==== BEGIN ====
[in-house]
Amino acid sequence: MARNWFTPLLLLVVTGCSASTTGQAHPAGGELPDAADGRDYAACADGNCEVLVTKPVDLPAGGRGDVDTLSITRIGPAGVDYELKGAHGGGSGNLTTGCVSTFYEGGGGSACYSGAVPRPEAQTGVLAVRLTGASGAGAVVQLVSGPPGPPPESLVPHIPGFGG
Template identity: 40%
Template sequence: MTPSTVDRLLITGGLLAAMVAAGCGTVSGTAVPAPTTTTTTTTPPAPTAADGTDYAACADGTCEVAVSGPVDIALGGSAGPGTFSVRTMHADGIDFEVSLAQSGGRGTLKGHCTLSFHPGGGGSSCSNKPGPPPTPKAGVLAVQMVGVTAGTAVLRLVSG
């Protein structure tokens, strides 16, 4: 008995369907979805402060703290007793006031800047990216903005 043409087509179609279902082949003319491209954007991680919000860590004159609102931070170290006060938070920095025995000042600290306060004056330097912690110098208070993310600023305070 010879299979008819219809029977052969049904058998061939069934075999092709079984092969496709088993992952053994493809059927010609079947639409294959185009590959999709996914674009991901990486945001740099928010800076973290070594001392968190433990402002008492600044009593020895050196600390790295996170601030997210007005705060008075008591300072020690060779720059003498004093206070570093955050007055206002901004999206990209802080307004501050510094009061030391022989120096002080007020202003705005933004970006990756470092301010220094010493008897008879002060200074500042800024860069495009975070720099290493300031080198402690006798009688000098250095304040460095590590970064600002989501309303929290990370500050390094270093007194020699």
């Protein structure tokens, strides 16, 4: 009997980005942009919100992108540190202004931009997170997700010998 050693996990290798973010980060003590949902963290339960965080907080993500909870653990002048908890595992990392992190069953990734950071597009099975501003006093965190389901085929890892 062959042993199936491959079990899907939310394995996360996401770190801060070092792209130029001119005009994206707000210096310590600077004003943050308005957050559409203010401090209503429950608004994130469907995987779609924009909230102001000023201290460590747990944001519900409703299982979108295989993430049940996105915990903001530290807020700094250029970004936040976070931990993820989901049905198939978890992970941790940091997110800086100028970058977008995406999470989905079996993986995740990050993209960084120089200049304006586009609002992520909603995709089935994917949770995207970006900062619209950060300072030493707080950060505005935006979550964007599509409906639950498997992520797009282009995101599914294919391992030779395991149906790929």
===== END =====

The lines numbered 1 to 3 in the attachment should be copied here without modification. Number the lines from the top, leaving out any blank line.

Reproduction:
[in-house]
Amino acid sequence: MARNWFTPLLLLVVTGCSASTTGQAHPAGGELPDAADGRDYAACADGNCEVLVTKPVDLPAGGRGDVDTLSITRIGPAGVDYELKGAHGGGSGNLTTGCVSTFYEGGGGSACYSGAVPRPEAQTGVLAVRLTGASGAGAVVQLVSGPPGPPPESLVPHIPGFGG
Template identity: 40%